Over the past 10 years, where have you seen wildlife in Pittsford? For the moment, let’s look past the deer, since most of us have seen them around occasionally, or woodchucks, which are in our gardens all too frequently. If you have seen any larger, more elusive mammals, a group called the Staying Connected Initiative has begun to map sightings of bear, bobcat, moose, and other animals around Pittsford. This map has been compiled over the spring and summer of 2010 to reflect reported sightings. If you would like to add a sighting to the map, please contact monica..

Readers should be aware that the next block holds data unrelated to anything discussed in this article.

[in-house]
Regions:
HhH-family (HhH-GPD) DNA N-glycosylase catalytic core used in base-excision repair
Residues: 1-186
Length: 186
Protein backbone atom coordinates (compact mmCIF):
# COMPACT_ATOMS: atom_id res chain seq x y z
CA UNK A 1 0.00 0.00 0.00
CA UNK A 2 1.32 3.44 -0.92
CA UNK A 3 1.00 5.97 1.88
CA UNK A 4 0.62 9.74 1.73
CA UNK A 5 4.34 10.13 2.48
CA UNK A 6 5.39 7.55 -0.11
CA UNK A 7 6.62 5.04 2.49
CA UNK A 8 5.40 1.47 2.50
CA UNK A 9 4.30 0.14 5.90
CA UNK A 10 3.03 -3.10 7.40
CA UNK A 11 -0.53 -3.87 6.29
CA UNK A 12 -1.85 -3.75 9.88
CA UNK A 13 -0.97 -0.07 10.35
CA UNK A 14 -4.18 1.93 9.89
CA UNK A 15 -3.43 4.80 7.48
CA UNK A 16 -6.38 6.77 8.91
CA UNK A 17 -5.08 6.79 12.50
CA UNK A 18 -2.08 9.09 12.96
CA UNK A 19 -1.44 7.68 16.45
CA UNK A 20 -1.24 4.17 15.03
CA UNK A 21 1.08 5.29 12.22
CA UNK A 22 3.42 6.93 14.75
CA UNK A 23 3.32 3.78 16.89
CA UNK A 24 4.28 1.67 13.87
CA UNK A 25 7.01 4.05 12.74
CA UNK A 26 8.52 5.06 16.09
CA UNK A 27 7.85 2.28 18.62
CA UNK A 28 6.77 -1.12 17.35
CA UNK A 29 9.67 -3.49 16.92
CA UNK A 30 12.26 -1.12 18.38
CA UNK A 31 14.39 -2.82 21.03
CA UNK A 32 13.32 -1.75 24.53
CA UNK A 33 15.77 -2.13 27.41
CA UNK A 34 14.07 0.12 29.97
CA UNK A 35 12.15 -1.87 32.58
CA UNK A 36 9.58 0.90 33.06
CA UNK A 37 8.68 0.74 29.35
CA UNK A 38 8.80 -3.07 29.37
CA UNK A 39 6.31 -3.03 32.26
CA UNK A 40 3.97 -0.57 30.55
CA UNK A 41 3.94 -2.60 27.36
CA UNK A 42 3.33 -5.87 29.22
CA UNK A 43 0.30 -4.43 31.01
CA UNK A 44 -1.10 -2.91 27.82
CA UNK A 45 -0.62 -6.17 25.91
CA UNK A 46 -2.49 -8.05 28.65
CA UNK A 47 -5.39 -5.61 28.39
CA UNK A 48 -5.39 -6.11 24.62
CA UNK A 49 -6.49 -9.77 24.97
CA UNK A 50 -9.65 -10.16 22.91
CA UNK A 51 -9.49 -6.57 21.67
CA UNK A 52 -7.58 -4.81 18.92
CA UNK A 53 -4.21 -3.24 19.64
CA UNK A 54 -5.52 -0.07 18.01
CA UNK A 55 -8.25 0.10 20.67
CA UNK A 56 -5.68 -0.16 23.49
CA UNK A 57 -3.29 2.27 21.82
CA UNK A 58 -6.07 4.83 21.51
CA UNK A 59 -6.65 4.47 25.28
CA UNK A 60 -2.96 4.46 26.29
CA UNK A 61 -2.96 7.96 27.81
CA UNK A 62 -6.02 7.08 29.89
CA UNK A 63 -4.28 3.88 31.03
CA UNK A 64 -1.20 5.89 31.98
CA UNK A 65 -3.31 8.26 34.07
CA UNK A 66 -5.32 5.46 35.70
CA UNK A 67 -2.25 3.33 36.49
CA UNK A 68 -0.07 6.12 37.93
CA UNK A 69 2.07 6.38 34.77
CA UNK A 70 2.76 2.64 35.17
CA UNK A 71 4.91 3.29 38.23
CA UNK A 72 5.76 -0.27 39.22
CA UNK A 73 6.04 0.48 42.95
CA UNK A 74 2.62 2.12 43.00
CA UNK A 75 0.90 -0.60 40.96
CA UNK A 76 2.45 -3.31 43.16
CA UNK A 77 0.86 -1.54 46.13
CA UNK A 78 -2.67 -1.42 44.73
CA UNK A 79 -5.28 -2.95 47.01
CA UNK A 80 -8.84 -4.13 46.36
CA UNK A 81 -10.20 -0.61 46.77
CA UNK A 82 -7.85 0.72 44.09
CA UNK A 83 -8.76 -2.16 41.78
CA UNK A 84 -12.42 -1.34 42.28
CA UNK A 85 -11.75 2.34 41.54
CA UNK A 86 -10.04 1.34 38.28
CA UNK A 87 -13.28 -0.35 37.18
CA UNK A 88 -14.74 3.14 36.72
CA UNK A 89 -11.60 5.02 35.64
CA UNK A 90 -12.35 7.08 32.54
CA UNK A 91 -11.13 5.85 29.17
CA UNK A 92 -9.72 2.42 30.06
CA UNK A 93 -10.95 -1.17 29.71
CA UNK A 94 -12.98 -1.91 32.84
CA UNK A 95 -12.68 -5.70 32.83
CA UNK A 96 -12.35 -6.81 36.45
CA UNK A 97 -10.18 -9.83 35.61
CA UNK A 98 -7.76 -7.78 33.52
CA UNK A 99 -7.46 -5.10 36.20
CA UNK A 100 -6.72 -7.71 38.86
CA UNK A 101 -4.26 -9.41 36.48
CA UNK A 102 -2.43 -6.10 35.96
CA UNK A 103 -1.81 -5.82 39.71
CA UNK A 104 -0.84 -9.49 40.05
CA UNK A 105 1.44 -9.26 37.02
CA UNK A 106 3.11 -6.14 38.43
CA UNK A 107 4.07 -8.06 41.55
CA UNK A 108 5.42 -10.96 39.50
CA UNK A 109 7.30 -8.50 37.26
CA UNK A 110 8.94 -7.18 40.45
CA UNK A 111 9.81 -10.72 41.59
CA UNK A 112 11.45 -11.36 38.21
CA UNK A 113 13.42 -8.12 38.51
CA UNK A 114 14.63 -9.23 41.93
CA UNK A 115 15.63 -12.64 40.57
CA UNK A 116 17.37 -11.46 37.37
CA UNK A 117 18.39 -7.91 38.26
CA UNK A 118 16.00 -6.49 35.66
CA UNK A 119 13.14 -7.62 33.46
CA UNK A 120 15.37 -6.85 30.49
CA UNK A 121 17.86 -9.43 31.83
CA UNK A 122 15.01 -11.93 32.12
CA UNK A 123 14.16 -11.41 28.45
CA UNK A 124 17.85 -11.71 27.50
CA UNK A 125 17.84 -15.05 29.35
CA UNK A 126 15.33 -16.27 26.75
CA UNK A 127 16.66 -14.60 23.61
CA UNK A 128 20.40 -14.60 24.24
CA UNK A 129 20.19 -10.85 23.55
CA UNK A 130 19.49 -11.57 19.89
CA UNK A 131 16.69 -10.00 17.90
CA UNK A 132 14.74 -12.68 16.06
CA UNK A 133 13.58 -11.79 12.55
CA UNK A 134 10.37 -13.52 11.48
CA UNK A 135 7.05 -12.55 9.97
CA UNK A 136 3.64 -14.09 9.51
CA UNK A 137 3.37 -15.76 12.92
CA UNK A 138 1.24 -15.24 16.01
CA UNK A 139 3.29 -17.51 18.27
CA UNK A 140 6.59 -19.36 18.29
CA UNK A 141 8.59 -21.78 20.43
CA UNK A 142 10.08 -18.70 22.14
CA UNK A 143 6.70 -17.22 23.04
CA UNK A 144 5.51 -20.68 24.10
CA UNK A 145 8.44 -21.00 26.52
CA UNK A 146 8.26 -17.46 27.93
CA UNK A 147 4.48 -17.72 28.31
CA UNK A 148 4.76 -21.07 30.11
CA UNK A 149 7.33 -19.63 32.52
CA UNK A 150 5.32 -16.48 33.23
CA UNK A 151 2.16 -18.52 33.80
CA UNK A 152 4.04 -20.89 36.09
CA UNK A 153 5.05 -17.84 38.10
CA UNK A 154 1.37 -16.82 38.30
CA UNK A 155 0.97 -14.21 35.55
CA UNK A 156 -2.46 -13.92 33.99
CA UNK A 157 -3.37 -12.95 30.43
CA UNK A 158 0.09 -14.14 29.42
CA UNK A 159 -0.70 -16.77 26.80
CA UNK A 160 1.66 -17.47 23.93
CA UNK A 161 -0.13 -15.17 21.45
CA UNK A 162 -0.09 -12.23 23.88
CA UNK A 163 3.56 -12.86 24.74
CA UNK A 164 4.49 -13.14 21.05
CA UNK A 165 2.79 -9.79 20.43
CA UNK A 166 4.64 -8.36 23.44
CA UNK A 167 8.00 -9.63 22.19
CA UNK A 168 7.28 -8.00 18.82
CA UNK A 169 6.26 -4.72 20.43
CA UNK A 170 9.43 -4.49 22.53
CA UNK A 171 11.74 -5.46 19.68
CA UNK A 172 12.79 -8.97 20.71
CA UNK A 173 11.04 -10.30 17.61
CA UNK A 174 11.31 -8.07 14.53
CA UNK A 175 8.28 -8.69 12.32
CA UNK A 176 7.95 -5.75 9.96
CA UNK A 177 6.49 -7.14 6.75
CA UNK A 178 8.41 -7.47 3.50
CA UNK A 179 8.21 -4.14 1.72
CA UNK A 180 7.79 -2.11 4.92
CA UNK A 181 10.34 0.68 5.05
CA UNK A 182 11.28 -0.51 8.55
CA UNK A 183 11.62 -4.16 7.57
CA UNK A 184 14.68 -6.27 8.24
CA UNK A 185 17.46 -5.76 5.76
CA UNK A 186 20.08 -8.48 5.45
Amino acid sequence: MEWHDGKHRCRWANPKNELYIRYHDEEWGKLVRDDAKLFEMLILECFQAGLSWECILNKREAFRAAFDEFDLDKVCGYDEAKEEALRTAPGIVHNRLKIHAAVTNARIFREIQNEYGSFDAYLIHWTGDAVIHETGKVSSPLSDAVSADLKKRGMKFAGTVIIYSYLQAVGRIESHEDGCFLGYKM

What does this map tell us? Its purpose is to help us learn a bit more about local patterns of wildlife movement. Many mammals use networks of forest cover in much the same way we use roads: they stay hidden as much as possible by traveling along hedgerows or next to streams in their daily search for food, often returning to the same pathways. The places where we most often see them are locations where their “road” systems intersect with our own roads and yards. These tend to be places where the animal must venture into the open to get from one patch of forest to another—and where we can see them most easily. Some animals, like red foxes, are more likely to cross our roads and open areas than others, so they are more often seen in populated areas. Others will really only venture into these areas when food is extremely scarce—or when a bird feeder or garbage can full of food scraps proves particularly tempting!